Tag Archives: Q&A

Marshall Ruminates on Ticket Prices and Arena Amenities

30 Aug

Barrie Marshall, Rachel Thomas and Terry Pouchain backstage in the Paul McCartney camp at the Consol Energy Center (VT Photo).

REPORTING FROM PITTBURGH — Venues Today sat down with Barrie Marshall, Marshall Arts, at the last booking of Paul McCartney’s 15-truck, eight-bus Up & Coming Tour Aug. 18 and 19 at the grand opening of the Consol Energy Center. Marshall, who sold 49 percent of his company to AEG, is a veteran of the industry and a free thinker, working with all promoters and several artists, chief among them being McCartney.

This is the last of Paul McCartney’s dates for this tour. How has it gone?

He played two Hollywood Bowls, Miami, Puerto Rico…25 shows since the beginning of the year, drawing 600,000 attendance. We work with all promoters. A promoter has to take great pride in what he or she does and live in the community. I think the independent promoter, who lives in the community, will come back. It will come with fresh music, different loyalties. Artists are very loyal to those who are with them when they are not successful.

The climate for touring is not good. Have you had to make any adjustments this year?

It’s not good, no. I think we all had a wakeup call. We’ve got to remember we’re in this business because we’re lucky enough to serve brilliant and talented artists and people are kind enough to pay quite a lot of money to see them. Music is memories, in my opinion. We have to remind ourselves we’re in an economic recession and most people have had a realignment of employment and revenues. Agents, artists, managers and promoters have to look at the ticket price and what’s affordable and readjust their thinking about the income that can be made. It’s an interesting problem because all artists try to achieve a better show than they played last time. They therefore usually look to high definition video and production levels to make it better for the audience, which is admirable. However, when you strip away the lights and the LED screens and all that, it’s all about the artist’s music. I think people go to see concerts to physically enjoy being in the same room with the artist. That’s what concerts are about, a pure relationship between the person and their artist.

How can we improve that relationship on tour?

One is to be clear what we charge for tickets and what the add-on charges are. Irving Azoff has put the Eagles out in an all-inclusive ticket like the old days. That’s not a bad idea. I did that in the old days and I’m certainly looking at it now. The issue is not necessarily the price of the ticket…it’s making it clear how much you’ve got to pay as a face value. This one is $250 down to $59.50, but that’s without the service fees. The facility fee here is five percent. I think it will be all inclusive in the future where I can make it work by sitting down with the people in charge and deciding what that number and what that fee are and then incorporating it into the ticket, hopefully using an economy of scale.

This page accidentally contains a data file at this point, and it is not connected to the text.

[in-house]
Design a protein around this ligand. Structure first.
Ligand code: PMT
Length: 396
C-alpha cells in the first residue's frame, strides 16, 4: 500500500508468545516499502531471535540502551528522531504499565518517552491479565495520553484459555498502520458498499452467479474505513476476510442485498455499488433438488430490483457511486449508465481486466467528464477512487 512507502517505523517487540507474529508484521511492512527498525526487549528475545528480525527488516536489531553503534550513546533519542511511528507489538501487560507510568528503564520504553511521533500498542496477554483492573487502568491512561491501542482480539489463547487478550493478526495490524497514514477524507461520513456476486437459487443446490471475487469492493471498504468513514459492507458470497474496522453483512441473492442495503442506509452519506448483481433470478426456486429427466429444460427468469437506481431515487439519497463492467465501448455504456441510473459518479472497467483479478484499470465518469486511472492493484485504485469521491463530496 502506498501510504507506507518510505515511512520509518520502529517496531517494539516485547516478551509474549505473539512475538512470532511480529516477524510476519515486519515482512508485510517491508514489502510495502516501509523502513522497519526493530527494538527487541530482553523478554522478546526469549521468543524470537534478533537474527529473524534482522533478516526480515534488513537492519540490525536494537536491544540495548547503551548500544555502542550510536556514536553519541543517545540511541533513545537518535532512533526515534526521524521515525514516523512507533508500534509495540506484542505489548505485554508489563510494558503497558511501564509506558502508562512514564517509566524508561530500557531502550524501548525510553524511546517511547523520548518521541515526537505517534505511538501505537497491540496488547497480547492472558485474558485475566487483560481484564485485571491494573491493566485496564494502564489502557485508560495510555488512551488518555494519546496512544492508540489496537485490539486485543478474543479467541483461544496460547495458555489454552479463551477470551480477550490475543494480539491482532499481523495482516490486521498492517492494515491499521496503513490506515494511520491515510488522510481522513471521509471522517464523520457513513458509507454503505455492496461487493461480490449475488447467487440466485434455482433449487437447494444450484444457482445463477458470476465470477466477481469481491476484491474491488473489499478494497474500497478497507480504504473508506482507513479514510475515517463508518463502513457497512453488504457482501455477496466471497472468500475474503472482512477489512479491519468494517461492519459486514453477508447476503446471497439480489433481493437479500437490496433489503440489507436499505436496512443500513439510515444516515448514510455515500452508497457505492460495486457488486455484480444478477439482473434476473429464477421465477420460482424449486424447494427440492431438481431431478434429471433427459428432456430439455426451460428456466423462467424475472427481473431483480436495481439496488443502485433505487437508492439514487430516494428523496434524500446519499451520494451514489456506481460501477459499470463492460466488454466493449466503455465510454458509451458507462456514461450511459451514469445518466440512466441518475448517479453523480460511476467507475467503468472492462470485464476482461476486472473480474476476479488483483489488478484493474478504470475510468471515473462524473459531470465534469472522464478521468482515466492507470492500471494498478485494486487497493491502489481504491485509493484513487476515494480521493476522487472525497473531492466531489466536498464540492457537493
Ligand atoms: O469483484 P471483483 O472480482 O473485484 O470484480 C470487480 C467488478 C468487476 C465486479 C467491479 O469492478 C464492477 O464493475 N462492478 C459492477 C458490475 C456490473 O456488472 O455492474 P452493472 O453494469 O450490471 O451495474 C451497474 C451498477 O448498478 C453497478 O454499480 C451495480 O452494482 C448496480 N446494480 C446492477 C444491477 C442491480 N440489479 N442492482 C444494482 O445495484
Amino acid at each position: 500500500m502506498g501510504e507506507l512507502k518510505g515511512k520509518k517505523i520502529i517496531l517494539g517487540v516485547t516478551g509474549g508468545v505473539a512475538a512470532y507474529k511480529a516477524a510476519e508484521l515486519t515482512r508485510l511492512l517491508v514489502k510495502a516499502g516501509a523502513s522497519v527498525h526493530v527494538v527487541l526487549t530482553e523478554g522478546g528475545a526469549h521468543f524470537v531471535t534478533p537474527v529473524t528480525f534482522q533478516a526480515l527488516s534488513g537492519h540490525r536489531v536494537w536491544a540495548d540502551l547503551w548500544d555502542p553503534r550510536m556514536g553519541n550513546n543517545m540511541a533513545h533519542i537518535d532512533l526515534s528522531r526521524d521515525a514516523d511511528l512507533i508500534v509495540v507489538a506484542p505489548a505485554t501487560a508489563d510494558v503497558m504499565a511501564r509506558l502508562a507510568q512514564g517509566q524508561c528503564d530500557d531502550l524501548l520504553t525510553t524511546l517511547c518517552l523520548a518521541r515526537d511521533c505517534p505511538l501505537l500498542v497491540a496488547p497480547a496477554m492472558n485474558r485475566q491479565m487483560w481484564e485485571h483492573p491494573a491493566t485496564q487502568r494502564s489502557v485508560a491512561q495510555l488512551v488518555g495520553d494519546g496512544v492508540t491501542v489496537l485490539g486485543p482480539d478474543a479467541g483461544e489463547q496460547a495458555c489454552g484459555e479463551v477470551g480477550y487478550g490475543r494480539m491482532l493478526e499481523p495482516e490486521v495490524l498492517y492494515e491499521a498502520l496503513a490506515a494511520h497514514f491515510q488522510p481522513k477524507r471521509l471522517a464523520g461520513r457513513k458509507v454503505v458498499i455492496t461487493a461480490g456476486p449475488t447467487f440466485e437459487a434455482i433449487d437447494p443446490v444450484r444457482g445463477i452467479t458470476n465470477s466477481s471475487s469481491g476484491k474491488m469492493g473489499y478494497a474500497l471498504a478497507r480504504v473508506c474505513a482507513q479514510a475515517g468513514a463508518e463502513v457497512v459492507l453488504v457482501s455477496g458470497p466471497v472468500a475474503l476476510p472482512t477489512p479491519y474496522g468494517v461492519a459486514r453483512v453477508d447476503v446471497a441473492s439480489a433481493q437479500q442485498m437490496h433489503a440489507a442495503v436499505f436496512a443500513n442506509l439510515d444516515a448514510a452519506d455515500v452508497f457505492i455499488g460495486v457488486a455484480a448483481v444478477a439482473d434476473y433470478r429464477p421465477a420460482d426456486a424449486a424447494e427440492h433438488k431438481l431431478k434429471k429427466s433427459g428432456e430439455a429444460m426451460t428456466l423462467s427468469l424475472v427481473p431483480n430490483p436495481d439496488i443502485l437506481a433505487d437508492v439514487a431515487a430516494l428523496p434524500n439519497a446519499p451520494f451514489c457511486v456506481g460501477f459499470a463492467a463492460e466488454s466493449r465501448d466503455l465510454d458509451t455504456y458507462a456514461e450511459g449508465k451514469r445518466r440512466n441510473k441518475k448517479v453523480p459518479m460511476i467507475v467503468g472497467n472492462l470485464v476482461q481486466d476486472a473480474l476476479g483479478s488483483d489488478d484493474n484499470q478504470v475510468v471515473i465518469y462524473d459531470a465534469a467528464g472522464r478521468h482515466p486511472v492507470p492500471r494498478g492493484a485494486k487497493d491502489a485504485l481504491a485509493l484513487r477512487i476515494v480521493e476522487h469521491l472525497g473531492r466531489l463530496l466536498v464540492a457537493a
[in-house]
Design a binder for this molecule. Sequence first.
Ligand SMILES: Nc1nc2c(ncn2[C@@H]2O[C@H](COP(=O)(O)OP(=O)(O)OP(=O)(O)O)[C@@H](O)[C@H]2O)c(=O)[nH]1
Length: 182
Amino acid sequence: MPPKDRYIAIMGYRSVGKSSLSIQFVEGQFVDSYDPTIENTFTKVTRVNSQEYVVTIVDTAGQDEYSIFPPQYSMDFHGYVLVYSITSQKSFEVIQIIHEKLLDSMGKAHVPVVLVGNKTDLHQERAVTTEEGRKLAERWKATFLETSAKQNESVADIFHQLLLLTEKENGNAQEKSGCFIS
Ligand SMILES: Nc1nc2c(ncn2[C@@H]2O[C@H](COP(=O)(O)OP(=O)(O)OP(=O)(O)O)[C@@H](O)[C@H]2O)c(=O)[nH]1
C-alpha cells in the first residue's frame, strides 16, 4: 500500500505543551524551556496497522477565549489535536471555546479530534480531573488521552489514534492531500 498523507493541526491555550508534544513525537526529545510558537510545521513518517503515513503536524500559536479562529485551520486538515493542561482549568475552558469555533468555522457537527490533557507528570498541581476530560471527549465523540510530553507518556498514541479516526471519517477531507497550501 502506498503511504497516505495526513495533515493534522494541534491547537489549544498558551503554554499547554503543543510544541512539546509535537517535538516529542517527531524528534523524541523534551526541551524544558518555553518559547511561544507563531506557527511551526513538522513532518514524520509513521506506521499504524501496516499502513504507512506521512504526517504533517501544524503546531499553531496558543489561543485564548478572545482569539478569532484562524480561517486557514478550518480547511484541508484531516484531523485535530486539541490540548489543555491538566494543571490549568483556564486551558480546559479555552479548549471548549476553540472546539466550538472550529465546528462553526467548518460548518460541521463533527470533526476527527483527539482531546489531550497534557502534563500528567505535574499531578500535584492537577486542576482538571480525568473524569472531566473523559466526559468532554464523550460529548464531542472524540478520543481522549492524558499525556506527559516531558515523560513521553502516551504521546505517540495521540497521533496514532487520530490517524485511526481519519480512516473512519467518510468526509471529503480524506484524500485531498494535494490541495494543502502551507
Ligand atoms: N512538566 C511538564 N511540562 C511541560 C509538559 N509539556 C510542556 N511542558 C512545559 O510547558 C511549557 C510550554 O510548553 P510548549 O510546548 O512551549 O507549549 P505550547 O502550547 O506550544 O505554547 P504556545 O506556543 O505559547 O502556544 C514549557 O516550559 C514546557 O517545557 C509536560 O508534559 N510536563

Has Paul cut back in any way on this tour?

Not really, yet. He’s very conscious of the downturn, but it hasn’t honestly affected his business. We’re proud to say he does give a great show, two and a half hours long every night and four decades of music. He is an event. He doesn’t play repetitively in the same markets. His main instruction is “Barrie, I want to go to new markets and new buildings I haven’t played before.” And here we are in Pittsburgh.

What are the pros of playing in a new building?

It’s exciting because people who go to concerts or sports events are being given a much better experience for the money. It’s great to open new buildings or be in early because in the last 15 years, new buildings have been designed not just for sports, but for music and sports, for entertainment in general, which has been a terrific change. Arenas are a challenge because they are trying to compete with theaters. In a theater, it’s an occasion. All arenas have lots of physical similarities, which is why production costs money – you are creating a theater inside the arena. One of Paul’s big things is, “I want the people in the nosebleed seats up in the back of the building to see me like I’m right next door to them.” Hence he has very large screens, larger than most, on his new show.

Are arenas themselves different and is your philosophy in touring different in different parts of the world?

Absolutely. When record companies were making a lot of money, they spent a decent proportion of it experimenting on new bands and made it back on the ones that made it. Now, music is sold on the Internet. The consumer makes up his own album. So when you promote a record or new body of work you have to take each country separately and work each country according to their culture, the way their music is portrayed on radio and television. The record companies used to put out albums internationally. Today, most records come out on different dates, often because the artist can make appearances live or with the media. It’s like movies, which require the major film stars to turn up for certain premieres. And France, for example, has a policy of only playing a certain amount of foreign music on their radio stations to protect their own culture. I think it’s maybe 60/40 in favor of their own artists. It’s allowed the local artists to prevail. When you go to China and some other countries, they don’t necessarily know the Beatles. It was a long time ago.